This post was first published seven years ago today. Since then (actually for two years now) I’m happy to report that, for the first time in my life, I now have front porch with a swing. Matt loves it as much as I do, and though we don’t spend nearly as much time there as we would like, just knowing it is there is a joy.

The original post, comments and photo are linked, along with two other related posts, below. These links to related posts, and their thumbnail photos, do not appear in the blog feed; they are only visible when viewing the individual posts by clicking on each one. I have no idea why, nor do I know how they choose the related posts. That’s just the way WordPress does things.

6 Comments

  1. Judy from Pennsylvania

    I’m loving Darla’s charming porch in this photo. It speaks of warm and gracious welcomes to all who stop by. Your post takes me back to my own grandmother’s porch swing where many wonderful childhood hours were spent playing or gently swinging while we watched summer rains. And now you have your very own porch swing — what a rare treasure these days! I’m so happy for you and Matt being able to have that. Is it the kind that hangs from a porch ceiling or is one that has its own metal frame?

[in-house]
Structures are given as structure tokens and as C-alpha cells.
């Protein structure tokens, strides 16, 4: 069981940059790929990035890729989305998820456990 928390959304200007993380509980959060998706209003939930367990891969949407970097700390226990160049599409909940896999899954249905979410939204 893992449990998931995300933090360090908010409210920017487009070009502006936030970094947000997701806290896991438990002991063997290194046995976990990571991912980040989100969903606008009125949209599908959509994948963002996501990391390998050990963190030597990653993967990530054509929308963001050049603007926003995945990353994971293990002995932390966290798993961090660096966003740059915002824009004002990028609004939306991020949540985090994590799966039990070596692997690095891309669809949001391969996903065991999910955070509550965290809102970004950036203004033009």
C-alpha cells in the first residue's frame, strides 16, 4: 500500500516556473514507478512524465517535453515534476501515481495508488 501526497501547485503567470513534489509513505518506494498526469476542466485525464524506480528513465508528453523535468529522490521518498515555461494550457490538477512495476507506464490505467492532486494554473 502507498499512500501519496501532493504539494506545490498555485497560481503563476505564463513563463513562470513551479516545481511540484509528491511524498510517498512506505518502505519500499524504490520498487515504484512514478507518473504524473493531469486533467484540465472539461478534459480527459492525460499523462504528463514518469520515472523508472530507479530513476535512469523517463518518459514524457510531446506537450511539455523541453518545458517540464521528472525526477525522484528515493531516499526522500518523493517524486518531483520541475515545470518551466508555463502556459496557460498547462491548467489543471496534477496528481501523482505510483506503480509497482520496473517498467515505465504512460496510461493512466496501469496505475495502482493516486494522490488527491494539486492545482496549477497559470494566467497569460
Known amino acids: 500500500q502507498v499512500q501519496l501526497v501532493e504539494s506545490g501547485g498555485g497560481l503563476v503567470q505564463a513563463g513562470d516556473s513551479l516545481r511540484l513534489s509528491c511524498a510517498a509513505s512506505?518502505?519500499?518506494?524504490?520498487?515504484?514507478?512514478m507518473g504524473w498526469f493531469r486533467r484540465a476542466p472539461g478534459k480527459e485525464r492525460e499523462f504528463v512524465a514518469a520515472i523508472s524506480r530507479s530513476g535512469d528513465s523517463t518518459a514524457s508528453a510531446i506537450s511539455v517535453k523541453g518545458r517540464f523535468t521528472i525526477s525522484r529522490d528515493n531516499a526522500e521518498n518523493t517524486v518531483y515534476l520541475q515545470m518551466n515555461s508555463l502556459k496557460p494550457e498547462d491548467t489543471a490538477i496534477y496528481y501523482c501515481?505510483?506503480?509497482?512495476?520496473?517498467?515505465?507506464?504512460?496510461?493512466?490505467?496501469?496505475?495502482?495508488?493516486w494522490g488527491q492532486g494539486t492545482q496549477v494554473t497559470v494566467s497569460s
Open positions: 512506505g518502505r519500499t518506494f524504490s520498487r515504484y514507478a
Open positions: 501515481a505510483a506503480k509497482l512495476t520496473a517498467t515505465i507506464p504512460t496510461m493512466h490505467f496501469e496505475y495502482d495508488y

• Judy, it hangs from the porch ceiling. I can’t wait until the weather is cool enough to enjoy it again. It’s a great place to wait with Matt for his Uber ride or for Nishchal or Vonda to pick him up. By a remarkable coincidence, on the very day this blog post published I spent the afternoon at Darla’s home. It was too hot to sit on the porch but she has a lovely little tea room (in a relatively large butler’s pantry in her historic home) and we sat and sipped and chatted as her parrot, Lola, joined in the fun, sitting on Darla’s shoulder listening to us intently, and even taking “sips” of tea!